Michael Blake on Zelenskyy’s anti-strongman approach to leadership

Submitted by Kate Goldyn on
President Volodymyr Zelenskyy Photo by Laurent Van der Stockt for Le Monde/Getty Images

Professor Michael Blake explains how Ukrainian President Volodymyr Zelenskyy’s leadership style, which has been praised by both the citizens of Ukraine and political leaders abroad, demonstrates how he is the antithesis to Russian President Vladimir Putin’s strongman style.

In this, Zelenskyy represents an image of not only resistance to authoritarianism, but also how leaders might appear as they engage in such resistance. [Italian philosopher and novelist Umberto] Eco, who grew up in fascist Italy, describes his surprise at how simple was the speech of those who took over after fascism’s fall. Democracy, Eco marveled, entailed the freedom to speak plainly. It was not only freedom from fascist political institutions, but also freedom from rhetoric.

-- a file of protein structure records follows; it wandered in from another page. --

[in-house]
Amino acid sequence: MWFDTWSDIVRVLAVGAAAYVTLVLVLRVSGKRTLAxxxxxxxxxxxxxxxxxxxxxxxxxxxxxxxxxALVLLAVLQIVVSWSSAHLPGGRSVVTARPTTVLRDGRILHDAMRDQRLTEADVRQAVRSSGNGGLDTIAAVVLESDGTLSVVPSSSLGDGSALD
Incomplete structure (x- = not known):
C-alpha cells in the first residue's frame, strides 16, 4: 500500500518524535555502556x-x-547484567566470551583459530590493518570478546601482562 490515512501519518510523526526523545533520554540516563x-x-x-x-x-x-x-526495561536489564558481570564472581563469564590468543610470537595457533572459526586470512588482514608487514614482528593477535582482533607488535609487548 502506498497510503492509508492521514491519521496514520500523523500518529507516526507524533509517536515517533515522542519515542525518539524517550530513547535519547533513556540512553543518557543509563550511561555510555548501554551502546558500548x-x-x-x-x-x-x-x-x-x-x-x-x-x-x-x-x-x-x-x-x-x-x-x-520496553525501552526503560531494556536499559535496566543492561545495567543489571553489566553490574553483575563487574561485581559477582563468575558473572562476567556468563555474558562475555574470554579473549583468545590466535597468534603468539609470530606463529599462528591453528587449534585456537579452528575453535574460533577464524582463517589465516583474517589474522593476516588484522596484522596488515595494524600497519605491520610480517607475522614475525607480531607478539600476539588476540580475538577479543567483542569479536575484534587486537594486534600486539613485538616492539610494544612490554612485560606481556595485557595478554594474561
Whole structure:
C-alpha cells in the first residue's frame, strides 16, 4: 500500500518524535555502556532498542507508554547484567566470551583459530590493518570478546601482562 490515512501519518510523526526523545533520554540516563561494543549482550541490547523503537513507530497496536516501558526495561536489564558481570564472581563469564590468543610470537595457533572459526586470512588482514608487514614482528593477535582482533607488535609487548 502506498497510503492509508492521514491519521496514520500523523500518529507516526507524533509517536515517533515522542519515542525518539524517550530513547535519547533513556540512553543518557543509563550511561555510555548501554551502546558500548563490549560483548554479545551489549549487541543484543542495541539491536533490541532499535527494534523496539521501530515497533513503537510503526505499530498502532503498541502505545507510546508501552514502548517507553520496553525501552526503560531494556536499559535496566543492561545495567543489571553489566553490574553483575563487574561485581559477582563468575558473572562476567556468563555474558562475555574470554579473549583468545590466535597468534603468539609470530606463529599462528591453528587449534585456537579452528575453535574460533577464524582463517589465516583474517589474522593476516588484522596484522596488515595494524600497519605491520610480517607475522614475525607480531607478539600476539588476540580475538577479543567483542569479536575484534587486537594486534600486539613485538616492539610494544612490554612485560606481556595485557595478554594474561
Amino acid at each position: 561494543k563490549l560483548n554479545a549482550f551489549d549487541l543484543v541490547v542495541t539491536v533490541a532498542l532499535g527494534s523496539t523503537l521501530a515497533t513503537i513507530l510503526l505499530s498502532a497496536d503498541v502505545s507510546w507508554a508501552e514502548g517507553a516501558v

When Zelenskyy is lauded for his resistance to the Russian invasion, it is because he is demonstrating a number of central virtues – including the courage to remain where he is, in the line of Russian fire. But at least some of this praise, I am convinced, is the result of his style of governance, in which he resists not only authoritarian violence, but the authoritarian style of political presentation – including Putin’s assertions that he is unique in both destiny and in masculine strength.

Read the entire article on The Conversation: “How Zelenskyy emerged as the antithesis of Putin and proved you don’t need to be a strongman to be a great leader.”

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